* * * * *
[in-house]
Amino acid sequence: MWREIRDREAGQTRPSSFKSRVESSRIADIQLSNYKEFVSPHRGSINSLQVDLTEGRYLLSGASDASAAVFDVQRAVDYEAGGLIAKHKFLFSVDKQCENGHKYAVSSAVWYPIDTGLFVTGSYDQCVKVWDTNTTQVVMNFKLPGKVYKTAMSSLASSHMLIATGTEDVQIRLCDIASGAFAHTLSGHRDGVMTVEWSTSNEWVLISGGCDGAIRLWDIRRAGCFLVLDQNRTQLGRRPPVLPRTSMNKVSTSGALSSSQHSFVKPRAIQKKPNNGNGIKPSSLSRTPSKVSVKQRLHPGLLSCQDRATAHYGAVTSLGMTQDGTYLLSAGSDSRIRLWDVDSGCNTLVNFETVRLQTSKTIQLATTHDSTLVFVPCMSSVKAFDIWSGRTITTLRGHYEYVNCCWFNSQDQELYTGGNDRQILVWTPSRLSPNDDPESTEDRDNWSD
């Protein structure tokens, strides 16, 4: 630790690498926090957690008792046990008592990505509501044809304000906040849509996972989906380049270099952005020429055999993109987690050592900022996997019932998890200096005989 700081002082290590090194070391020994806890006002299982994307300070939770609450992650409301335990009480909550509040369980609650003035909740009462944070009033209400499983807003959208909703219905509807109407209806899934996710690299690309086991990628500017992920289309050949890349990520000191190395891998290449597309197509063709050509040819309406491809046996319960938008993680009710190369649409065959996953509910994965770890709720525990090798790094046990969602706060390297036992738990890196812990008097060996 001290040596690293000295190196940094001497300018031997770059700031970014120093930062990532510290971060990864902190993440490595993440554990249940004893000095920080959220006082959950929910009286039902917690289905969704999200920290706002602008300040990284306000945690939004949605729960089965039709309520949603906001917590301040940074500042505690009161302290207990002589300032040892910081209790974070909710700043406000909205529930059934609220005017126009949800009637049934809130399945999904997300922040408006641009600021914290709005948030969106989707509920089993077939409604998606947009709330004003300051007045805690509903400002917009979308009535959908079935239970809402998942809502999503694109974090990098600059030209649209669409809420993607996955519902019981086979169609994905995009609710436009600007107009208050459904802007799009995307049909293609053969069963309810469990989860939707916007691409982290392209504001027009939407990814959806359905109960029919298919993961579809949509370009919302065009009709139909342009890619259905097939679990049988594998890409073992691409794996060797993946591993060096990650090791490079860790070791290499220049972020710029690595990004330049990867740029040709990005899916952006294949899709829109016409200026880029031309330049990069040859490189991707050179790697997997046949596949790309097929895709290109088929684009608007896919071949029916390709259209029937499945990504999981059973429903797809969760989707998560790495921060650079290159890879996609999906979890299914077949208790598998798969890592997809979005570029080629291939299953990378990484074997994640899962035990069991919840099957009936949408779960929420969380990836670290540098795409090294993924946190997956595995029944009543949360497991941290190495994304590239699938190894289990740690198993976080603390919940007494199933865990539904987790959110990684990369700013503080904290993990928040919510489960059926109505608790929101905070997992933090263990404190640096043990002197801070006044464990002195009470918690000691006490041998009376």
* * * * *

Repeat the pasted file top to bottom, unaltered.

[in-house]
Amino acid sequence: MWREIRDREAGQTRPSSFKSRVESSRIADIQLSNYKEFVSPHRGSINSLQVDLTEGRYLLSGASDASAAVFDVQRAVDYEAGGLIAKHKFLFSVDKQCENGHKYAVSSAVWYPIDTGLFVTGSYDQCVKVWDTNTTQVVMNFKLPGKVYKTAMSSLASSHMLIATGTEDVQIRLCDIASGAFAHTLSGHRDGVMTVEWSTSNEWVLISGGCDGAIRLWDIRRAGCFLVLDQNRTQLGRRPPVLPRTSMNKVSTSGALSSSQHSFVKPRAIQKKPNNGNGIKPSSLSRTPSKVSVKQRLHPGLLSCQDRATAHYGAVTSLGMTQDGTYLLSAGSDSRIRLWDVDSGCNTLVNFETVRLQTSKTIQLATTHDSTLVFVPCMSSVKAFDIWSGRTITTLRGHYEYVNCCWFNSQDQELYTGGNDRQILVWTPSRLSPNDDPESTEDRDNWSD
């Protein structure tokens, strides 16, 4: 630790690498926090957690008792046990008592990505509501044809304000906040849509996972989906380049270099952005020429055999993109987690050592900022996997019932998890200096005989 700081002082290590090194070391020994806890006002299982994307300070939770609450992650409301335990009480909550509040369980609650003035909740009462944070009033209400499983807003959208909703219905509807109407209806899934996710690299690309086991990628500017992920289309050949890349990520000191190395891998290449597309197509063709050509040819309406491809046996319960938008993680009710190369649409065959996953509910994965770890709720525990090798790094046990969602706060390297036992738990890196812990008097060996 001290040596690293000295190196940094001497300018031997770059700031970014120093930062990532510290971060990864902190993440490595993440554990249940004893000095920080959220006082959950929910009286039902917690289905969704999200920290706002602008300040990284306000945690939004949605729960089965039709309520949603906001917590301040940074500042505690009161302290207990002589300032040892910081209790974070909710700043406000909205529930059934609220005017126009949800009637049934809130399945999904997300922040408006641009600021914290709005948030969106989707509920089993077939409604998606947009709330004003300051007045805690509903400002917009979308009535959908079935239970809402998942809502999503694109974090990098600059030209649209669409809420993607996955519902019981086979169609994905995009609710436009600007107009208050459904802007799009995307049909293609053969069963309810469990989860939707916007691409982290392209504001027009939407990814959806359905109960029919298919993961579809949509370009919302065009009709139909342009890619259905097939679990049988594998890409073992691409794996060797993946591993060096990650090791490079860790070791290499220049972020710029690595990004330049990867740029040709990005899916952006294949899709829109016409200026880029031309330049990069040859490189991707050179790697997997046949596949790309097929895709290109088929684009608007896919071949029916390709259209029937499945990504999981059973429903797809969760989707998560790495921060650079290159890879996609999906979890299914077949208790598998798969890592997809979005570029080629291939299953990378990484074997994640899962035990069991919840099957009936949408779960929420969380990836670290540098795409090294993924946190997956595995029944009543949360497991941290190495994304590239699938190894289990740690198993976080603390919940007494199933865990539904987790959110990684990369700013503080904290993990928040919510489960059926109505608790929101905070997992933090263990404190640096043990002197801070006044464990002195009470918690000691006490041998009376």